- Amazon will allow a limited set of customers to request free USB security keys.
- A person working at one key provider said he thought privately held Yubico makes the keys.
Amazon's Web Services cloud unit will offer some customers free USB keys to help them securely log in to their accounts starting in October, following Amazon CEO Andy Jassy's participation in a White House cybersecurity summit on Wednesday.
The initiative demonstrates the increasing amount of corporate trust in physical hardware designed to prevent attempts to fraudulently access accounts. Such events can have financial consequences, such as enabling ransomware attacks that seek to extort money from organizations.
Many major online services, including Airbnb and Netflix, rely on AWS computing and data-storage infrastructure delivered from data centers distributed around the world, and if attackers were to get access, the availability of those services could be at risk.
AWS wants to make such incidents less likely.
A White House fact sheet released Wednesday said Amazon "announced it will make available to all Amazon Web Services account holders at no additional cost a multi-factor authentication device." But just because people have AWS accounts doesn't mean they will all automatically receive free keys, which ordinarily cost $25 or more.
Customers will be able to request the USB keys on Amazon's website starting in October, an Amazon spokesperson told CNBC on Thursday. The keys will be available to root account owners for U.S.-based customers that spend over $100 each month. but people with individual Identity and Access Management, or IAM, accounts are not eligible. A single AWS account can have 1,000 or more IAM users.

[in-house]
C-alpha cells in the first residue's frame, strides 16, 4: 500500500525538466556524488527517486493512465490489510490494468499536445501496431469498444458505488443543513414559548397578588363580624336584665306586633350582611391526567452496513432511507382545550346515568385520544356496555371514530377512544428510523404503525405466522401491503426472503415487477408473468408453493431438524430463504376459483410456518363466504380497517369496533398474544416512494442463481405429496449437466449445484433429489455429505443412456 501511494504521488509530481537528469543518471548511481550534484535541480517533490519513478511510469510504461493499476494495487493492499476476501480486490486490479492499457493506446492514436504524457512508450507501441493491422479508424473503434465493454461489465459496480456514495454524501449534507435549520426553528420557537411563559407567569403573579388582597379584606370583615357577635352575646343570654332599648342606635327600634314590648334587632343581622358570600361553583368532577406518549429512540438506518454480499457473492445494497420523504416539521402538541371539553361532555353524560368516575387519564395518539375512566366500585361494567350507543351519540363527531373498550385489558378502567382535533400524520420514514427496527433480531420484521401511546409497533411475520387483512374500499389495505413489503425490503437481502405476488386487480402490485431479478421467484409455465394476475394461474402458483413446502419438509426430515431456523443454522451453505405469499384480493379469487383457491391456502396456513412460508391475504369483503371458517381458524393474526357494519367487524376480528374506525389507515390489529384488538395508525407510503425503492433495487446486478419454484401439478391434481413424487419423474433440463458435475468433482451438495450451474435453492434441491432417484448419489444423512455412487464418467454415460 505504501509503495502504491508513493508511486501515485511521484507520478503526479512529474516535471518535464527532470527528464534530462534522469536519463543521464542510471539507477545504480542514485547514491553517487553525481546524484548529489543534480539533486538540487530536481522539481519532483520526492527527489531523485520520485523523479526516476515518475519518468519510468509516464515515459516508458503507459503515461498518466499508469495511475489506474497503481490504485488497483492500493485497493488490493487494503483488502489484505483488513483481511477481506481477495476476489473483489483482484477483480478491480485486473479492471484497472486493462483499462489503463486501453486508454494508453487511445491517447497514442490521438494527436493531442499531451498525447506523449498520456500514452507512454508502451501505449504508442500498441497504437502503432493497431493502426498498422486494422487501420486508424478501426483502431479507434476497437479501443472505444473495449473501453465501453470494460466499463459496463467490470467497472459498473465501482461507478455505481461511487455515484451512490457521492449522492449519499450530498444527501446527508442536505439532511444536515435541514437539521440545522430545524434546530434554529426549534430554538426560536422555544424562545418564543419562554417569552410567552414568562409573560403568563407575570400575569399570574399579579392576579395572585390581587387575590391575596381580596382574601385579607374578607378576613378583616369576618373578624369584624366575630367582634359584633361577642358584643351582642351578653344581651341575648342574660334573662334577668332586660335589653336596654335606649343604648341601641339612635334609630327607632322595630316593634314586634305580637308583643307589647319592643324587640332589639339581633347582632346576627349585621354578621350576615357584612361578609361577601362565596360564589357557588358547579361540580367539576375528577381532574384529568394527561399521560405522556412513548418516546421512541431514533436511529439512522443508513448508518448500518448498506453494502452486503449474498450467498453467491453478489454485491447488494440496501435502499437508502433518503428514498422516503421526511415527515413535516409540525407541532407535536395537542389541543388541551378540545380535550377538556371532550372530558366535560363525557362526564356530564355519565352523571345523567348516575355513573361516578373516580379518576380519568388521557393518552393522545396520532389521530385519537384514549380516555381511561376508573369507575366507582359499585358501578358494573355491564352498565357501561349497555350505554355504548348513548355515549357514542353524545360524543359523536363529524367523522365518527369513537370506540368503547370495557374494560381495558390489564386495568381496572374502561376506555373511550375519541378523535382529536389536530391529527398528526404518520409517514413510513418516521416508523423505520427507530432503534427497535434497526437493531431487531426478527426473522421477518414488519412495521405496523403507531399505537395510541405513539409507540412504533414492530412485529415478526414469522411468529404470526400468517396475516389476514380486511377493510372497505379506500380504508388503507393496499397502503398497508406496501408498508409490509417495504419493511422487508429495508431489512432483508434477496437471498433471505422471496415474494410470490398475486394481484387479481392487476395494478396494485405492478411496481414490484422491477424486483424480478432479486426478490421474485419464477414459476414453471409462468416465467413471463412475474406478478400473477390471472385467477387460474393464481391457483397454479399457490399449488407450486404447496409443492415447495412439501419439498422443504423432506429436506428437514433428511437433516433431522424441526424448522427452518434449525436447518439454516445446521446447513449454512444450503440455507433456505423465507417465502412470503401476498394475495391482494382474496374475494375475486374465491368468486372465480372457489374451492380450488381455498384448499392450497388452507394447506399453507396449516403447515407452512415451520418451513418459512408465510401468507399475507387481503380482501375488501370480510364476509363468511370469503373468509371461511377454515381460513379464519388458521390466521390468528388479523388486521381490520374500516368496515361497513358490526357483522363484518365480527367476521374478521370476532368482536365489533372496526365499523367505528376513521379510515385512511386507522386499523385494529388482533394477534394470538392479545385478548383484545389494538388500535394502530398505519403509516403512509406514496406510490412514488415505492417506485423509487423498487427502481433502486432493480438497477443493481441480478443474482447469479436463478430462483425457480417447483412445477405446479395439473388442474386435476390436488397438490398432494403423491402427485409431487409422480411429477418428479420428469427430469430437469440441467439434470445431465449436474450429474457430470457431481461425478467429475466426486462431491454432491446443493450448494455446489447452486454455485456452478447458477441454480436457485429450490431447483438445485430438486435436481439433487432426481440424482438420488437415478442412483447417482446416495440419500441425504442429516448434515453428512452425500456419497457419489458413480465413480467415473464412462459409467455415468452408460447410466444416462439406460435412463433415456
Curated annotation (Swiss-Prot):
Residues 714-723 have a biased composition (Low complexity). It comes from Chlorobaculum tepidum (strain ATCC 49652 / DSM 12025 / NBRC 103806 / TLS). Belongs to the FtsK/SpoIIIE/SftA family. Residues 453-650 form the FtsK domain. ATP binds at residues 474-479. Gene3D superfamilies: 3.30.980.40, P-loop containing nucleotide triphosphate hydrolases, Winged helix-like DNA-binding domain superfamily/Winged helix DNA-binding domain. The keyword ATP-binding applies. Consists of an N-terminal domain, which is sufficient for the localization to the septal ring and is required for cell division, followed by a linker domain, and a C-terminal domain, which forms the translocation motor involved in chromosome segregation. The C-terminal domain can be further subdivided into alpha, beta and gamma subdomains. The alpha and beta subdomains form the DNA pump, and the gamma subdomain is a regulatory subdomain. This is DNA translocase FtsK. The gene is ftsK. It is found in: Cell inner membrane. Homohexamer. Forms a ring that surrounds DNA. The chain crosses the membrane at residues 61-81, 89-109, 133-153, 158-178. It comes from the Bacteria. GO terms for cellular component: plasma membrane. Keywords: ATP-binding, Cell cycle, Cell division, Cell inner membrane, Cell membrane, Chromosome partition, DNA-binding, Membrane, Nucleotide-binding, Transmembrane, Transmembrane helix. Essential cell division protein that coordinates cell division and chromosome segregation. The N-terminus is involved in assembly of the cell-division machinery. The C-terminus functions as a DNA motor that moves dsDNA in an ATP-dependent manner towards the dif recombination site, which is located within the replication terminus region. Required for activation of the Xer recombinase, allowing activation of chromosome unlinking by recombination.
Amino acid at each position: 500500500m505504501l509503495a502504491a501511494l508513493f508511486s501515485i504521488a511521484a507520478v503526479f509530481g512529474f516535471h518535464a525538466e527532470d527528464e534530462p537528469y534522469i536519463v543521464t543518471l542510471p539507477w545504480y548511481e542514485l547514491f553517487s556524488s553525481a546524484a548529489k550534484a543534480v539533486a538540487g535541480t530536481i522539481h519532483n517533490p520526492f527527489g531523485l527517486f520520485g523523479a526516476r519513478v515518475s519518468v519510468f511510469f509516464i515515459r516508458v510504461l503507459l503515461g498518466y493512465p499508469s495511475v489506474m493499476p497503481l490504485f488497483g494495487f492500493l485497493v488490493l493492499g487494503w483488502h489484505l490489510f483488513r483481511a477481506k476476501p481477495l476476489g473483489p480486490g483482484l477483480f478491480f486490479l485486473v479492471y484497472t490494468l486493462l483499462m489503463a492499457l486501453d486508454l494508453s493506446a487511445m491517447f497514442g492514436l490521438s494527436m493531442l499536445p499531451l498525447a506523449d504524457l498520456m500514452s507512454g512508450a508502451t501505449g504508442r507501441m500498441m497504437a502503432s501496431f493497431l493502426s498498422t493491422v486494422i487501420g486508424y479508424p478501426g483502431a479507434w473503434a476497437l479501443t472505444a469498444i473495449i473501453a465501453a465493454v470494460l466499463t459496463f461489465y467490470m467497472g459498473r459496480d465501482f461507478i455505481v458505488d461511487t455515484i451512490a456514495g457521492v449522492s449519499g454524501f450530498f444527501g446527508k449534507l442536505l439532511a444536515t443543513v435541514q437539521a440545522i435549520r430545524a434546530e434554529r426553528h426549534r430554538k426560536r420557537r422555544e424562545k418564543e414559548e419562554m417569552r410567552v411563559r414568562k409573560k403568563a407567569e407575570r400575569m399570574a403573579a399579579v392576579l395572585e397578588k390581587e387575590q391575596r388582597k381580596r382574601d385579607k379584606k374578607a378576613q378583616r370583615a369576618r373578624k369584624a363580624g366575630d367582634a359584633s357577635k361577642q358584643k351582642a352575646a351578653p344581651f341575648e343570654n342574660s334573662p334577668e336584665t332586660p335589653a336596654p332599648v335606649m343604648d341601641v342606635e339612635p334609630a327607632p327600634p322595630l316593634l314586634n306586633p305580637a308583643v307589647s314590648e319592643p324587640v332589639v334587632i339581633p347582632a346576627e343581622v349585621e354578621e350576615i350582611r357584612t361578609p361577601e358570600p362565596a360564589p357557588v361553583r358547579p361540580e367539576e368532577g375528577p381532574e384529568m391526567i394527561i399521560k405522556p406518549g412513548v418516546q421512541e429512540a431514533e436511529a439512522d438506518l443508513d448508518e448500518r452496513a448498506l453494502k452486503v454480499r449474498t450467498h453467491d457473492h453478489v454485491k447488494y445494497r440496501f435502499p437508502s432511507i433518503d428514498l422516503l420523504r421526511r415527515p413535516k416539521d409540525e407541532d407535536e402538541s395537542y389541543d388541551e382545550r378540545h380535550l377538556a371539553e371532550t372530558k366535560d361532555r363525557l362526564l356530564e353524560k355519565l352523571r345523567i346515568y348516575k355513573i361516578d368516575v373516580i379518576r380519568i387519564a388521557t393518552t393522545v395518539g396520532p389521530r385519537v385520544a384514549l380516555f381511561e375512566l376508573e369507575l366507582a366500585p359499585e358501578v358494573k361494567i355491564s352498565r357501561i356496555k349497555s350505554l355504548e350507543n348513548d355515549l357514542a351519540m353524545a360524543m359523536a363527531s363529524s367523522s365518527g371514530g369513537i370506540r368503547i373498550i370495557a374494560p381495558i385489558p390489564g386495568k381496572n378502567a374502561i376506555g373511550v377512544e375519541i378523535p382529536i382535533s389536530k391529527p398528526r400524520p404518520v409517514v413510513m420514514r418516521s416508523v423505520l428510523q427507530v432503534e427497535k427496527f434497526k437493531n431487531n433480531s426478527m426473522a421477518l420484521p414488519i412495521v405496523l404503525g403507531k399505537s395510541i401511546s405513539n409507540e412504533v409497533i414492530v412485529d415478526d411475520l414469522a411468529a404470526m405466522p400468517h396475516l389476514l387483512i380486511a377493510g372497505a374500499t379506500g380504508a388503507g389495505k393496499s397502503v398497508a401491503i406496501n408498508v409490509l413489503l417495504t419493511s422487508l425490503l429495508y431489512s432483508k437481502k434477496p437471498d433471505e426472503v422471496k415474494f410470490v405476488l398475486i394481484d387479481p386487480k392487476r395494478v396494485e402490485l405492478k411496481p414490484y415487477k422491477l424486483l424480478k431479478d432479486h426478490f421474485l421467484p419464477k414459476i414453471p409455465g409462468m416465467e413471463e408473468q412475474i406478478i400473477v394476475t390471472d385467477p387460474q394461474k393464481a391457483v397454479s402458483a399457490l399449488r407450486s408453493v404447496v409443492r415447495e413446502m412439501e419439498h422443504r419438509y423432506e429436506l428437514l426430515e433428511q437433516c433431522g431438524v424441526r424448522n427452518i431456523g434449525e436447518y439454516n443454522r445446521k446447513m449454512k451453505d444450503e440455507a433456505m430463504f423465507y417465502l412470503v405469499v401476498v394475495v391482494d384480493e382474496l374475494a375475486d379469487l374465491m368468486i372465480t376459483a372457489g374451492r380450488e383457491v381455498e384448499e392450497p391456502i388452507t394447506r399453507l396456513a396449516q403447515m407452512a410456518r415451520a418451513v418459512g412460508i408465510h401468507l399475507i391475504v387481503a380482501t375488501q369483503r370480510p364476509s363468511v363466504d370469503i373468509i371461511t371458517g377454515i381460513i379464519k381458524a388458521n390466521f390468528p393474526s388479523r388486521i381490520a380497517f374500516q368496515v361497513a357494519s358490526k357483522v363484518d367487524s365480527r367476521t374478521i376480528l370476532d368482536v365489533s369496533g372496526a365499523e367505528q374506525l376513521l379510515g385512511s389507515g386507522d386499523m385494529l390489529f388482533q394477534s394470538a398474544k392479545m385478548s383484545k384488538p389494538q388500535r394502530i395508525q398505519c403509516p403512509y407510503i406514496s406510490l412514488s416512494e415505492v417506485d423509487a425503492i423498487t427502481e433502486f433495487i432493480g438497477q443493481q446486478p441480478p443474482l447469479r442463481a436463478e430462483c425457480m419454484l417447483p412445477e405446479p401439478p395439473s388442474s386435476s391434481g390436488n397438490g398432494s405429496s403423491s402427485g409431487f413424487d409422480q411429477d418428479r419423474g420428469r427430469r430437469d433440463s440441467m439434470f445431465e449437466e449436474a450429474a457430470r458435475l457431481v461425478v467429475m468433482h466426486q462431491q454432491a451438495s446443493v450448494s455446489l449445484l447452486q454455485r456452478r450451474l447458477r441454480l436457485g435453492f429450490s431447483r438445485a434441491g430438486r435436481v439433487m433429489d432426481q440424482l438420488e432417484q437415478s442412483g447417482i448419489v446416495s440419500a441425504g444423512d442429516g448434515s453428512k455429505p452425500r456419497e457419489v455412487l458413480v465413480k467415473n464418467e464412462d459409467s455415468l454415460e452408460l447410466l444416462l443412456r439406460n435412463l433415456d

In the case of AWS, an account holder can plug a key into a PC's USB port and touch the key after typing in an email address and password to open the AWS Management Console. AWS supports keys from Thales-owned Gemalto and privately held SurePassID and Yubico.
Kevin Raineri, vice president of business development at SurePassID, said the company isn't involved with the Amazon deal. He said he would guess that it was Yubico. The AWS spokesperson declined to specify which companies will produce the keys, and Yubico declined to comment. A Gemalto spokesperson didn't respond to a request for comment.
People will be able to use the AWS-issued keys to log in to other online services, including Dropbox, Google's Gmail and Microsoft's GitHub, Amazon said in a statement.
In U.S politics, cybersecurity has become a higher priority as well. Campaign workers became reliant on security keys during the 2020 presidential election, and in May President Joe Biden signed an executive order mandating that U.S. government agencies enable multi-factor authentication.